Jam making is one of the oldest ways of preserving fruits for the winter, and of course these days it is readily available in supermarkets, corner shops, farm shops and specialist shops and it's usually there throughout the year.

In this article I'm going to tell you how I made Blackberry Jam and I'll try to describe how good it tastes, not easy without a sample.

Firstly of course you need your Blackberries and the good news is they are free if you are prepared to pick them. Blackberries grow on bramble bushes and are available from early August through to September. Just remember when picking that there are lots of thorns so try and invest in some protective gloves and wear long sleeves to at least minimise the danger of scratches to your arms.

Jam is a simple mix of fruit and sugar boiled together and there are many recipes available but the principles are the same.

I always wash my fruit, pick out anything that looks suspicious and weigh it using good quality kitchen scales. I always use the same amount of sugar as fruit and for Blackberries you'll need high pectin sugar. I always use a good quality Preserving Sugar. Start by heating the fruit in a large pan, I invested in a Maslin Pan which whilst it is more expensive than a large saucepan, it is designed for large quantities of fruit and sugar and it will withstand the high temperatures required. Once the fruit is beginning to break down add the sugar, stirring the mixture and making sure that all the sugar dissolves. Its worth remembering that the jam mixture will boil very vigorously so you need to keep and eye on it don't be tempted to walk away and do something else and leave it boiling on its own!

It is important to determine the setting point for jam, and whilst trial and error may be ok it does frustrating seeing if your jam sets on a cold plate (and it makes a lot of washing up!) Once again I use a good quality jam thermometer you can get them from most good cookshops. You need to take the mixture up to 105º Centigrade once this temperature has been achieved turn the heat off and allow it to cool for a few minutes.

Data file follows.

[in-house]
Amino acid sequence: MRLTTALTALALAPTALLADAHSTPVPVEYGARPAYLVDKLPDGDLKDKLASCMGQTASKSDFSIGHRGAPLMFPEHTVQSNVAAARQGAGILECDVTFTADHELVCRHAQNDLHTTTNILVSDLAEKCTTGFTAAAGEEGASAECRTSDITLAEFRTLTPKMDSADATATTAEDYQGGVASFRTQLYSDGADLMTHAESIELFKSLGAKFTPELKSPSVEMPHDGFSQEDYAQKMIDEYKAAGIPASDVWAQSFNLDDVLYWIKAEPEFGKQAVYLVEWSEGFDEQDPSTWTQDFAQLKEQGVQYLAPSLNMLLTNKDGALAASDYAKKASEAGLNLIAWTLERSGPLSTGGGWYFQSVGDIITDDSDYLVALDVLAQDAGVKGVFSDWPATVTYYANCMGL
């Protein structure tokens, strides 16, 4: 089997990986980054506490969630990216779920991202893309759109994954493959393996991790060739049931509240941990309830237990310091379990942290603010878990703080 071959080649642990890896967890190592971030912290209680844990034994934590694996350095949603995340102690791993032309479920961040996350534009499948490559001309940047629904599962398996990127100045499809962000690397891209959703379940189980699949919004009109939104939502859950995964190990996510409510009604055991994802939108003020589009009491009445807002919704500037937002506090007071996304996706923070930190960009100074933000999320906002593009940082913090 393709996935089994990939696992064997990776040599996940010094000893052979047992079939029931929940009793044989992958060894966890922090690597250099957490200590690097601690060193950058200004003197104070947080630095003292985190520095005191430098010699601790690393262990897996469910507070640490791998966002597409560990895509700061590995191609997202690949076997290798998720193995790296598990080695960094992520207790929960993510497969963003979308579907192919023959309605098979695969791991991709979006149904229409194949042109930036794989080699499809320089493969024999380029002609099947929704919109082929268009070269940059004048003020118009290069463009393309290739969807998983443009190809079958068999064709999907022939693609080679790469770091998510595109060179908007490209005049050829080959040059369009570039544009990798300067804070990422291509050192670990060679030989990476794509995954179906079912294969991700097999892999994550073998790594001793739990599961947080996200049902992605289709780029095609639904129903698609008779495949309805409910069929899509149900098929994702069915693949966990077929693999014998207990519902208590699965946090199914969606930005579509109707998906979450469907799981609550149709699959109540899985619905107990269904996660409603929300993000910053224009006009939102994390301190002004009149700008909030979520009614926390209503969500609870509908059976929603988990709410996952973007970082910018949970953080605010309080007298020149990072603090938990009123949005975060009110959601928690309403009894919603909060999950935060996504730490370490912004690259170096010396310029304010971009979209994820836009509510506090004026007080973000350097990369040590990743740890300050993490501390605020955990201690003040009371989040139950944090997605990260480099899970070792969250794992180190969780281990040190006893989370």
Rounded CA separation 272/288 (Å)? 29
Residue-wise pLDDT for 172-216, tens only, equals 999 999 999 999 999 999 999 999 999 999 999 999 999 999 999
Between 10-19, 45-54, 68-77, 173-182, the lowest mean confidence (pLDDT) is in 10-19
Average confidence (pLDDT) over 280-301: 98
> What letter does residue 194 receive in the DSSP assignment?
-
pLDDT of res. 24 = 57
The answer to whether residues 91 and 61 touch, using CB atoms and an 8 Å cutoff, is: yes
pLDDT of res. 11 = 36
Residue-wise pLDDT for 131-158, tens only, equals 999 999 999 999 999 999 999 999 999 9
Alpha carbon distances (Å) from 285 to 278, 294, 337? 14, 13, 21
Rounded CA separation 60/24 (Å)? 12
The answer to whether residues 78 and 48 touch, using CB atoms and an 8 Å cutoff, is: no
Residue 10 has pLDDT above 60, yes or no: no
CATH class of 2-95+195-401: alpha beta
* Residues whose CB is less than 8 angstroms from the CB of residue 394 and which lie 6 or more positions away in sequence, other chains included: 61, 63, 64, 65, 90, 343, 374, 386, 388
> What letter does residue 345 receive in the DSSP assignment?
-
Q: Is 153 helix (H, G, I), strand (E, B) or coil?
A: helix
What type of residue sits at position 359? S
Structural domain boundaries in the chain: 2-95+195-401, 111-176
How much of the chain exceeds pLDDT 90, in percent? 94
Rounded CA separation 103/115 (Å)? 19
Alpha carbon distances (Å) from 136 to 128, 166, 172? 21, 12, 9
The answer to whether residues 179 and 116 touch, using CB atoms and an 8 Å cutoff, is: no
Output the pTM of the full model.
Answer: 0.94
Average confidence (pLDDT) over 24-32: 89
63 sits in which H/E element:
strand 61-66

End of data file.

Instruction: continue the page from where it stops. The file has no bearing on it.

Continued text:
Whilst the cooking is proceeding it is essential that you sterilise your jam jars, again I've invested in good quality Kilner preserving jars, these jars require new seal lids each time they are used but the investment is worth it, however if this is your first time you can use your old jam jars. The jars should be washed, rinsed and then I place mine in an oven at about 120º Centigrade for ten minutes (don't put the lids in).

When the jam mixture has cooled a little it is ready for pouring into the jam jars, be careful it will still be hot. Use a jam funnel with a wide tube about 10cm in diameter and make sure you fill the jars to within 1 cm of the top. Screw the lids on and leave to cool completely don't be tempted to move the jam before it has gone completely cold. You can eat the jam straight away or keep it until the winter.

When the jam has cooled completely put a nice label on it and you're done. If you want to give jars of jam for presents put a circle of nice material over the lid and tie it on with a ribbon or piece of raffia. People do appreciate jars of homemade produce. Enjoy!!